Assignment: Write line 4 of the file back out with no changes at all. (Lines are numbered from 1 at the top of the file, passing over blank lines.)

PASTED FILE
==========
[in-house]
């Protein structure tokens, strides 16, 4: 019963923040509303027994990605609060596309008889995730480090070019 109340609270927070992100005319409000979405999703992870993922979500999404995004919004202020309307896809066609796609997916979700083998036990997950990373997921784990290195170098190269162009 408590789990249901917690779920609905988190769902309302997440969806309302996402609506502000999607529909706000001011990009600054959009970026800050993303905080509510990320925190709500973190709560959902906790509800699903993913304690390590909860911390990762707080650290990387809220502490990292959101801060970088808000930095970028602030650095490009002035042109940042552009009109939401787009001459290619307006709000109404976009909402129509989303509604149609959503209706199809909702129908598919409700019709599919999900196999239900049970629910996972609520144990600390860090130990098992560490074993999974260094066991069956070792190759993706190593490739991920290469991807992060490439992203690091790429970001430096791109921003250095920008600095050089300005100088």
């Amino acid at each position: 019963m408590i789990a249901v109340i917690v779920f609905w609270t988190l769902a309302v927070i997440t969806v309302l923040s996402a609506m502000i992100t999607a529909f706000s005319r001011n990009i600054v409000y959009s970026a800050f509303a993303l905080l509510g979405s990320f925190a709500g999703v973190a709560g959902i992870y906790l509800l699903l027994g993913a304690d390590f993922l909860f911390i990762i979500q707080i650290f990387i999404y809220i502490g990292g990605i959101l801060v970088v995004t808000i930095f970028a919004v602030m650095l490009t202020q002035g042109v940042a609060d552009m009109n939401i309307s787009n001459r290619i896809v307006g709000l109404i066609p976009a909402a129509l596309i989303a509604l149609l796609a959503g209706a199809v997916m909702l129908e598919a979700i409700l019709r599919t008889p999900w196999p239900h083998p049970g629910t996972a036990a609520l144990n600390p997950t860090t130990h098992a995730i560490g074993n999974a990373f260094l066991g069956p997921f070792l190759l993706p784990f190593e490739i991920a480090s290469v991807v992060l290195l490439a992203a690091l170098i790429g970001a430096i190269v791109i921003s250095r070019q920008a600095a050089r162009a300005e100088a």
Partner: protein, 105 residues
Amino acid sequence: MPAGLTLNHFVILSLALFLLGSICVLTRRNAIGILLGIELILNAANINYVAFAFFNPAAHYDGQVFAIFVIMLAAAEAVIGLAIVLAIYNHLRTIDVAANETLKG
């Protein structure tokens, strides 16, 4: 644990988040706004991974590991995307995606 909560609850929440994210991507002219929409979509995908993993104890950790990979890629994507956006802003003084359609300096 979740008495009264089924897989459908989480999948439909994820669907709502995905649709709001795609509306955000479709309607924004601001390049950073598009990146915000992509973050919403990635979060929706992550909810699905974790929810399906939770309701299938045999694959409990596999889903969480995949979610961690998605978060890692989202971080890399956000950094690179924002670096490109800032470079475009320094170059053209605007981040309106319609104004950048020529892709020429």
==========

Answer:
Partner: protein, 105 residues